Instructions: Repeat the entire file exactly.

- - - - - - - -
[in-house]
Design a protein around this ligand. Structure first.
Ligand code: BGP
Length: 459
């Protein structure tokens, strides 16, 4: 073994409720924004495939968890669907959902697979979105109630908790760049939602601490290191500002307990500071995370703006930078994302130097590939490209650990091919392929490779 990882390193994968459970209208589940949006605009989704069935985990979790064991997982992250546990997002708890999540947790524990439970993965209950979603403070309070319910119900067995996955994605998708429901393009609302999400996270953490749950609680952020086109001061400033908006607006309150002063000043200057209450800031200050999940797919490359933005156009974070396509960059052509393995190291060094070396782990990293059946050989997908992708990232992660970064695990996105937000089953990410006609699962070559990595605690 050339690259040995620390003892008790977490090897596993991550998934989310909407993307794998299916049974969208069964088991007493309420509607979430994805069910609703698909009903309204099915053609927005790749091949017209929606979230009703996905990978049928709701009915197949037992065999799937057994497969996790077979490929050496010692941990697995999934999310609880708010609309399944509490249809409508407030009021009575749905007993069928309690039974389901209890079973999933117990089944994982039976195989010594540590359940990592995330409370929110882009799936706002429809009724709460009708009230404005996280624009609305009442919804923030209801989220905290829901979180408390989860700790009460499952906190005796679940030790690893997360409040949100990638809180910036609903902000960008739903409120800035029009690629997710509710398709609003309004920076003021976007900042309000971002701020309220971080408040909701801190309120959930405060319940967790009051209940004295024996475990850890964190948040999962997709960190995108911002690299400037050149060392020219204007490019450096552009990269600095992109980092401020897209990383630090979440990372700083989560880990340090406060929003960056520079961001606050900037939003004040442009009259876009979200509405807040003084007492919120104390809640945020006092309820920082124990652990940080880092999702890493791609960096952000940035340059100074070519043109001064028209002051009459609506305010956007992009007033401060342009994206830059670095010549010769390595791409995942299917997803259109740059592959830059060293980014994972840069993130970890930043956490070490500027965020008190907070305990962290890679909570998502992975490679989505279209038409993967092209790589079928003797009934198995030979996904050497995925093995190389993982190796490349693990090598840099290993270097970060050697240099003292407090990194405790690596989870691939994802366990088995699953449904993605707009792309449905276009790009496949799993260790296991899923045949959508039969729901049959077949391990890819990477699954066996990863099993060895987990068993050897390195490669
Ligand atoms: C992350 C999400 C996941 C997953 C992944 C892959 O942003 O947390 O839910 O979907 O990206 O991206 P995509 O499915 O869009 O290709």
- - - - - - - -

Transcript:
[in-house]
Design a protein around this ligand. Structure first.
Ligand code: BGP
Length: 459
């Protein structure tokens, strides 16, 4: 073994409720924004495939968890669907959902697979979105109630908790760049939602601490290191500002307990500071995370703006930078994302130097590939490209650990091919392929490779 990882390193994968459970209208589940949006605009989704069935985990979790064991997982992250546990997002708890999540947790524990439970993965209950979603403070309070319910119900067995996955994605998708429901393009609302999400996270953490749950609680952020086109001061400033908006607006309150002063000043200057209450800031200050999940797919490359933005156009974070396509960059052509393995190291060094070396782990990293059946050989997908992708990232992660970064695990996105937000089953990410006609699962070559990595605690 050339690259040995620390003892008790977490090897596993991550998934989310909407993307794998299916049974969208069964088991007493309420509607979430994805069910609703698909009903309204099915053609927005790749091949017209929606979230009703996905990978049928709701009915197949037992065999799937057994497969996790077979490929050496010692941990697995999934999310609880708010609309399944509490249809409508407030009021009575749905007993069928309690039974389901209890079973999933117990089944994982039976195989010594540590359940990592995330409370929110882009799936706002429809009724709460009708009230404005996280624009609305009442919804923030209801989220905290829901979180408390989860700790009460499952906190005796679940030790690893997360409040949100990638809180910036609903902000960008739903409120800035029009690629997710509710398709609003309004920076003021976007900042309000971002701020309220971080408040909701801190309120959930405060319940967790009051209940004295024996475990850890964190948040999962997709960190995108911002690299400037050149060392020219204007490019450096552009990269600095992109980092401020897209990383630090979440990372700083989560880990340090406060929003960056520079961001606050900037939003004040442009009259876009979200509405807040003084007492919120104390809640945020006092309820920082124990652990940080880092999702890493791609960096952000940035340059100074070519043109001064028209002051009459609506305010956007992009007033401060342009994206830059670095010549010769390595791409995942299917997803259109740059592959830059060293980014994972840069993130970890930043956490070490500027965020008190907070305990962290890679909570998502992975490679989505279209038409993967092209790589079928003797009934198995030979996904050497995925093995190389993982190796490349693990090598840099290993270097970060050697240099003292407090990194405790690596989870691939994802366990088995699953449904993605707009792309449905276009790009496949799993260790296991899923045949959508039969729901049959077949391990890819990477699954066996990863099993060895987990068993050897390195490669
Ligand atoms: C992350 C999400 C996941 C997953 C992944 C892959 O942003 O947390 O839910 O979907 O990206 O991206 P995509 O499915 O869009 O290709």